Late Monday night, in live statements to the press, Justice Minister Stavors Kontonis said “this is a bigger scandal than the one with Siemens.”
Kontonis said also that “authorities have not located the President of Novartis Hellas,” implying he may have left Greece.
Names involved and reactions
One of the PM’s names circulating is the one of Panagiotis Pikramenos, a judge who served as interim Prime Minister May-June 2012. According to athensnewsagency, Pikramenos state that neither he personally nor any member of the interim government was involved in the scandal.”
Meanwhile, several media have uploaded the names of the ministers and prime ministers allegedly involved in the scandal after leaks by government sources and Justice officials. Apart from Pikramenos, the other former prime minister belongs to a conservative party. The names list include also two well-known former PASOK Finance Ministers, one PASOK Health Minister and two New Democracy Health Ministers. One of them was responsible for the implementation of ‘austerity reforms’ in the health sector. He had indeed decreased retail prices for drugs, incl those of Novartis.
According to dailies Efsyn.gr, tovima.gr, websites like tribune.gr and others, the names allegedly involved in the scandal are ex PM Antonis Samaras and Panagiotis Pikramenos, ex FinMins Evaggelos Venizelos and Yannis Stournaras (now governor of Bank of Greece), ex HMs Adonis Georgiadis, Andreas Loverdos, Dimitris Avramopoulos (now EU Migration Commissioner), Alexandros Lykourentos, Giorgos Koutroumanis, Stavros Salmas.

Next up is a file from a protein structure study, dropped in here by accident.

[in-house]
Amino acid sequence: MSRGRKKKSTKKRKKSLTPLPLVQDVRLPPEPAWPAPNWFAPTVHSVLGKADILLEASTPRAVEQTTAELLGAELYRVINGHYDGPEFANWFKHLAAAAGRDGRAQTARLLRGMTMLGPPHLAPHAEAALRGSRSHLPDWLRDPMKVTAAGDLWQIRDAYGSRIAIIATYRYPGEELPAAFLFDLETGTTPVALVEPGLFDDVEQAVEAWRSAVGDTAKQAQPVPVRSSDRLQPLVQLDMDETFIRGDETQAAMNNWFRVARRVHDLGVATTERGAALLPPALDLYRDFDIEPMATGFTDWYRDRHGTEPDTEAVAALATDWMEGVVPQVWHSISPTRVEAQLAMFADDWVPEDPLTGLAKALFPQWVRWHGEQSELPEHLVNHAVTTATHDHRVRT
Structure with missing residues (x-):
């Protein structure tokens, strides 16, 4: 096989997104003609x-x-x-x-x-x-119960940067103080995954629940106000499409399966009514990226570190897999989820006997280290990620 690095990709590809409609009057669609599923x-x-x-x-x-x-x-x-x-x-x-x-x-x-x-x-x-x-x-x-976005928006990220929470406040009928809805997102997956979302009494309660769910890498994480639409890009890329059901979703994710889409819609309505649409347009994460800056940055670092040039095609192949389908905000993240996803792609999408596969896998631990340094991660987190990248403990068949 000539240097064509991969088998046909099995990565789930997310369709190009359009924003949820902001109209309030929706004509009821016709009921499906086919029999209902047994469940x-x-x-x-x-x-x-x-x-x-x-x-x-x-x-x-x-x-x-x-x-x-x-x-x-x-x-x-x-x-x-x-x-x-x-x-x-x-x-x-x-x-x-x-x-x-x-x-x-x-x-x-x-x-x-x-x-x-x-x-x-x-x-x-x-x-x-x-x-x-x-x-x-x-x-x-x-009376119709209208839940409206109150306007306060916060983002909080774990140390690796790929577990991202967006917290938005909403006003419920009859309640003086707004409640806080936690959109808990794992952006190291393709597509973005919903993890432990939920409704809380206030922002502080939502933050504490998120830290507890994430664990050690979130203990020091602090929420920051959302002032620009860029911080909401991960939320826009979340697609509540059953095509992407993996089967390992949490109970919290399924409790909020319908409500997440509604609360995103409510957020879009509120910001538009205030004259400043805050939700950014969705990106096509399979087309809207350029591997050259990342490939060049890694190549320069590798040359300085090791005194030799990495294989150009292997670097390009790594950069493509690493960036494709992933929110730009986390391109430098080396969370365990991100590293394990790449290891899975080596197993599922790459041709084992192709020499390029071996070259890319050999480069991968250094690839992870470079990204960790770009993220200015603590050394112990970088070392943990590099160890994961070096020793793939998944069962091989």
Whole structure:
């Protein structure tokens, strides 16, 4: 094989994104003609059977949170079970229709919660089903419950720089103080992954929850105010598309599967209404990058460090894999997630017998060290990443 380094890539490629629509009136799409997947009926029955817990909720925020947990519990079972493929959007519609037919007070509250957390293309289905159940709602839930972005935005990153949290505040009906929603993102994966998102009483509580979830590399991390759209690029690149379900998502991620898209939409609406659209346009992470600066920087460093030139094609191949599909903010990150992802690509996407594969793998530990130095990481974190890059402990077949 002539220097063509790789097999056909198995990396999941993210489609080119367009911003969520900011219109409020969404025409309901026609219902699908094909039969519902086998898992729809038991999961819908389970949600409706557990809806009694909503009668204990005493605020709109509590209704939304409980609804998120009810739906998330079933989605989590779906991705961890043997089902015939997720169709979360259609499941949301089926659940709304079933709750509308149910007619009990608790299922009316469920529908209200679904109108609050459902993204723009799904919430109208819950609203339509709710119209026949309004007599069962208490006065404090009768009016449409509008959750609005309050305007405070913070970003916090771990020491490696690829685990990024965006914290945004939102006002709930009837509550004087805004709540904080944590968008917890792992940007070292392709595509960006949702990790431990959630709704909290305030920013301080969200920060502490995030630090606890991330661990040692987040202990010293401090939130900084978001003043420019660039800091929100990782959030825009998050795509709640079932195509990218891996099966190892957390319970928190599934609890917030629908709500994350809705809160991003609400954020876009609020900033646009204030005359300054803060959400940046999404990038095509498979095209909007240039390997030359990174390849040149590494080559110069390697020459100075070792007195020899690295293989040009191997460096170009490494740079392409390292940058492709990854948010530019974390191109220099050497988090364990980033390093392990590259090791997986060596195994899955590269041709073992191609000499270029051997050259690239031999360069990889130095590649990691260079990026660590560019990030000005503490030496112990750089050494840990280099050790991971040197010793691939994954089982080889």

Also Dimitris Avramopoulos (Health Minister 2006-2009) said in a statement that while he was Health Minister, the Ministry was not involved in setting medicine prices and that this happened after he was no longer minister. “I have nothing to do with Novartis,” he stated.
According to state broadcaster ERT TV, former ND Prime Minister Antonis Samaras said “this is a new slander by Tsipras against me.”
Governor of the Bank of Greece, Yannis Stournaras spoke of “Political targeting and bulling.” He said that he never “signed any decision in connection with Novartis when he was finance minister.”
Ex FinMin Evaggelos Venizelos said “those who attacked me in the past they regretted it.”
As the night grows older, I believe also the rest of the former ministers will deny any wrongdoing.
Ex Novartis manager threatened to commit suicide in Athens hotel
New Year’s day around 5 pm in the afternoon. A man is sitting at the Galaxy Bat at the 13th floor of Hilton hotel in Athens. Greek media report that the man had suddenly started to threaten that he would jump. The hotel personnel called the police. The suicide was averted due to a police negotiator who managed to persuade the desperate man to abandon his plans and put an end to his life.
After an hour of negotiations, the man broke down and with tears in his eyes he told the policemen that he would not allow to bear the burden for all the mistakes of his employer. He said that he was fearing for his life.
According to media, the 44-year-old is a former high-ranking manager of multinational pharma giant Novartis, target of investigation by the FBI and the US-Justice.
The Greek manager had been recently relocated from Greece to the company’s headquarters in Basil, Switzerland.
Three weeks ago, Greek Justice Minister Stavros Kontonis sent to Supreme Court prosecutor media reports according to which a big pharma company bribed doctors and public officials in order to boost prescriptions and the companies sales. The prosecutor should investigate media reports that two executives of Novartis in Greece had told US authorities that “the company used unfair methods to improve the company’s position in the Greek market for many years.”
The case was revealed by news website iefimerida.gr on December 12th 2016. According to the website, the two executives had given the relevant testimony to the US Securities and Exchange Commission investigating the pharma company last August.
According to NewsIt.gr, the name of the man was included in the list the whistle-blowers have given to US authorities.